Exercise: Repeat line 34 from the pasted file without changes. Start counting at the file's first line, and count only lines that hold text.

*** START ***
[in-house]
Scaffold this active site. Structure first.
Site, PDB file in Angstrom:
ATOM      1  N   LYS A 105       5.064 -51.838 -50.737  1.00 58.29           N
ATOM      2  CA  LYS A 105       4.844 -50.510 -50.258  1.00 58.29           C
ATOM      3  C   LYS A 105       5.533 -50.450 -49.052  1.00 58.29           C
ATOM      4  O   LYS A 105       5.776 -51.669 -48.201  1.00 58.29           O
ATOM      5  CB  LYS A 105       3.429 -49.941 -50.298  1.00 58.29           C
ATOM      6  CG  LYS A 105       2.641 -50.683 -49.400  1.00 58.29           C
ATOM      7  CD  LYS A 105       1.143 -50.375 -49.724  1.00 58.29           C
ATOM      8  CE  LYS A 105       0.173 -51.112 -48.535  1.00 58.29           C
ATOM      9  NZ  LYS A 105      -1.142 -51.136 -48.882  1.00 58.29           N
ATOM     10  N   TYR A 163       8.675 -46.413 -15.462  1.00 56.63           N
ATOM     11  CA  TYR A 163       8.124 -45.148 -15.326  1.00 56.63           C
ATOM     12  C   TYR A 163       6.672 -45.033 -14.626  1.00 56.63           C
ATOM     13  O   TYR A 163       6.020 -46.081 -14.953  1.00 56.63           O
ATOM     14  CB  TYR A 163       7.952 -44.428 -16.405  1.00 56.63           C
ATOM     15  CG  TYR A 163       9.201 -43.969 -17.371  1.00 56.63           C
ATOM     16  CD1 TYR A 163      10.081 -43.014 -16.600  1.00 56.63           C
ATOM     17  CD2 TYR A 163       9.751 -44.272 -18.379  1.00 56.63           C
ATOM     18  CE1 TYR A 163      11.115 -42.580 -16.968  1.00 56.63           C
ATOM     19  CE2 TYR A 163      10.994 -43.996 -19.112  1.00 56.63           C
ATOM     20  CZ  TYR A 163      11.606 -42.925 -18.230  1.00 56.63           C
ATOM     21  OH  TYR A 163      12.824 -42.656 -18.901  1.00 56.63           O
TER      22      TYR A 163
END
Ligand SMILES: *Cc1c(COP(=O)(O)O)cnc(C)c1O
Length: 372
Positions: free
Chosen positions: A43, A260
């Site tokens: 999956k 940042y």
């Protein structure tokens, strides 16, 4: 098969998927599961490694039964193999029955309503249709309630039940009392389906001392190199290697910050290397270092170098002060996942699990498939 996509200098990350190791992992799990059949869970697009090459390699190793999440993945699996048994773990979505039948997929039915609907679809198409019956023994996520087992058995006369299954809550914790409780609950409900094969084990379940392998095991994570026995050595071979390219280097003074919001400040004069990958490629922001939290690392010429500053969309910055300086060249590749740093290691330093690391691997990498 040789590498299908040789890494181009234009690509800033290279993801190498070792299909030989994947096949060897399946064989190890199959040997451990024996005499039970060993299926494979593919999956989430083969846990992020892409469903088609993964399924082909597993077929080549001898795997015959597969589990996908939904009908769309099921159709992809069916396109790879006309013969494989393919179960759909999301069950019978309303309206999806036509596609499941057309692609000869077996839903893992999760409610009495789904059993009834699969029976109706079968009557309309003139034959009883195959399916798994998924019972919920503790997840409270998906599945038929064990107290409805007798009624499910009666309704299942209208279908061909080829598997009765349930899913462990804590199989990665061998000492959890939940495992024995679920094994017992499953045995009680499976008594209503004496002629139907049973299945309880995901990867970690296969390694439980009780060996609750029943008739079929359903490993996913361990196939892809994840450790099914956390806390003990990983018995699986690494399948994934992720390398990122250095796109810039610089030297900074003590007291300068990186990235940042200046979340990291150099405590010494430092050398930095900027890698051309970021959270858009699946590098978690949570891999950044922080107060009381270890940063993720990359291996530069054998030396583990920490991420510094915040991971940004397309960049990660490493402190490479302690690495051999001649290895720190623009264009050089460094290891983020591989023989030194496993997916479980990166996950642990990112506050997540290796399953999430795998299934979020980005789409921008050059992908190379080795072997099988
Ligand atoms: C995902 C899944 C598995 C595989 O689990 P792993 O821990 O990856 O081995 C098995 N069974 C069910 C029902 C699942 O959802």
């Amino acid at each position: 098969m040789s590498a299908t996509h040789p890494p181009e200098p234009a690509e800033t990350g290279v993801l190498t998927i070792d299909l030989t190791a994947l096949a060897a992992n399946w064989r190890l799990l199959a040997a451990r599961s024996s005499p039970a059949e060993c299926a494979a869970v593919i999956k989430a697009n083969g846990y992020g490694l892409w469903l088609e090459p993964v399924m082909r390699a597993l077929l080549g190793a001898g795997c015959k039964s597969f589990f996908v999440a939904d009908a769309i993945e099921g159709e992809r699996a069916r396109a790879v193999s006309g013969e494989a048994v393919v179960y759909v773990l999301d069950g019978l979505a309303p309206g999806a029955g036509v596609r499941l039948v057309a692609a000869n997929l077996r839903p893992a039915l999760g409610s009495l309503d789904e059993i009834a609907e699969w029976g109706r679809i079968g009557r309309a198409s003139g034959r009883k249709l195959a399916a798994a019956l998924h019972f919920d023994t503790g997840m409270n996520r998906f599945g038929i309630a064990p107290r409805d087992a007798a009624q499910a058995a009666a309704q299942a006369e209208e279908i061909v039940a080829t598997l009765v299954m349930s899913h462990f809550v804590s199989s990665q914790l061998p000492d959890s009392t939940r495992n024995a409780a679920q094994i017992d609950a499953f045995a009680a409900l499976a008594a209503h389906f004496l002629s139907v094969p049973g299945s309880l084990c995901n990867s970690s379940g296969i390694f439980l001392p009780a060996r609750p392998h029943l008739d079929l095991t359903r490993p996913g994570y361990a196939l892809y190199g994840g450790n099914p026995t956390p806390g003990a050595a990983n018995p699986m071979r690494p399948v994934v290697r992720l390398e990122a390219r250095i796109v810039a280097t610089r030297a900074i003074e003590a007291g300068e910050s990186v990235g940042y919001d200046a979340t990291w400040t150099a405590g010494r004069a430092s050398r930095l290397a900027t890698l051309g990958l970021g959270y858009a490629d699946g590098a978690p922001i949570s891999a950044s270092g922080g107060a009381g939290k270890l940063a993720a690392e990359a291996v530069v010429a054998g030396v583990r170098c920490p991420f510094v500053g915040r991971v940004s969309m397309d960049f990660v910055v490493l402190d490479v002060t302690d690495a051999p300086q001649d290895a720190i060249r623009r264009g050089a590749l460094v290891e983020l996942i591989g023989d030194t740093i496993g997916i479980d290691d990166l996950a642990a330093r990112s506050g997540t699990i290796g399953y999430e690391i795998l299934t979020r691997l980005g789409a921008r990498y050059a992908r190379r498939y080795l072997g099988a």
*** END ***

């Amino acid at each position: 098969m040789s590498a299908t996509h040789p890494p181009e200098p234009a690509e800033t990350g290279v993801l190498t998927i070792d299909l030989t190791a994947l096949a060897a992992n399946w064989r190890l799990l199959a040997a451990r599961s024996s005499p039970a059949e060993c299926a494979a869970v593919i999956k989430a697009n083969g846990y992020g490694l892409w469903l088609e090459p993964v399924m082909r390699a597993l077929l080549g190793a001898g795997c015959k039964s597969f589990f996908v999440a939904d009908a769309i993945e099921g159709e992809r699996a069916r396109a790879v193999s006309g013969e494989a048994v393919v179960y759909v773990l999301d069950g019978l979505a309303p309206g999806a029955g036509v596609r499941l039948v057309a692609a000869n997929l077996r839903p893992a039915l999760g409610s009495l309503d789904e059993i009834a609907e699969w029976g109706r679809i079968g009557r309309a198409s003139g034959r009883k249709l195959a399916a798994a019956l998924h019972f919920d023994t503790g997840m409270n996520r998906f599945g038929i309630a064990p107290r409805d087992a007798a009624q499910a058995a009666a309704q299942a006369e209208e279908i061909v039940a080829t598997l009765v299954m349930s899913h462990f809550v804590s199989s990665q914790l061998p000492d959890s009392t939940r495992n024995a409780a679920q094994i017992d609950a499953f045995a009680a409900l499976a008594a209503h389906f004496l002629s139907v094969p049973g299945s309880l084990c995901n990867s970690s379940g296969i390694f439980l001392p009780a060996r609750p392998h029943l008739d079929l095991t359903r490993p996913g994570y361990a196939l892809y190199g994840g450790n099914p026995t956390p806390g003990a050595a990983n018995p699986m071979r690494p399948v994934v290697r992720l390398e990122a390219r250095i796109v810039a280097t610089r030297a900074i003074e003590a007291g300068e910050s990186v990235g940042y919001d200046a979340t990291w400040t150099a405590g010494r004069a430092s050398r930095l290397a900027t890698l051309g990958l970021g959270y858009a490629d699946g590098a978690p922001i949570s891999a950044s270092g922080g107060a009381g939290k270890l940063a993720a690392e990359a291996v530069v010429a054998g030396v583990r170098c920490p991420f510094v500053g915040r991971v940004s969309m397309d960049f990660v910055v490493l402190d490479v002060t302690d690495a051999p300086q001649d290895a720190i060249r623009r264009g050089a590749l460094v290891e983020l996942i591989g023989d030194t740093i496993g997916i479980d290691d990166l996950a642990a330093r990112s506050g997540t699990i290796g399953y999430e690391i795998l299934t979020r691997l980005g789409a921008r990498y050059a992908r190379r498939y080795l072997g099988a």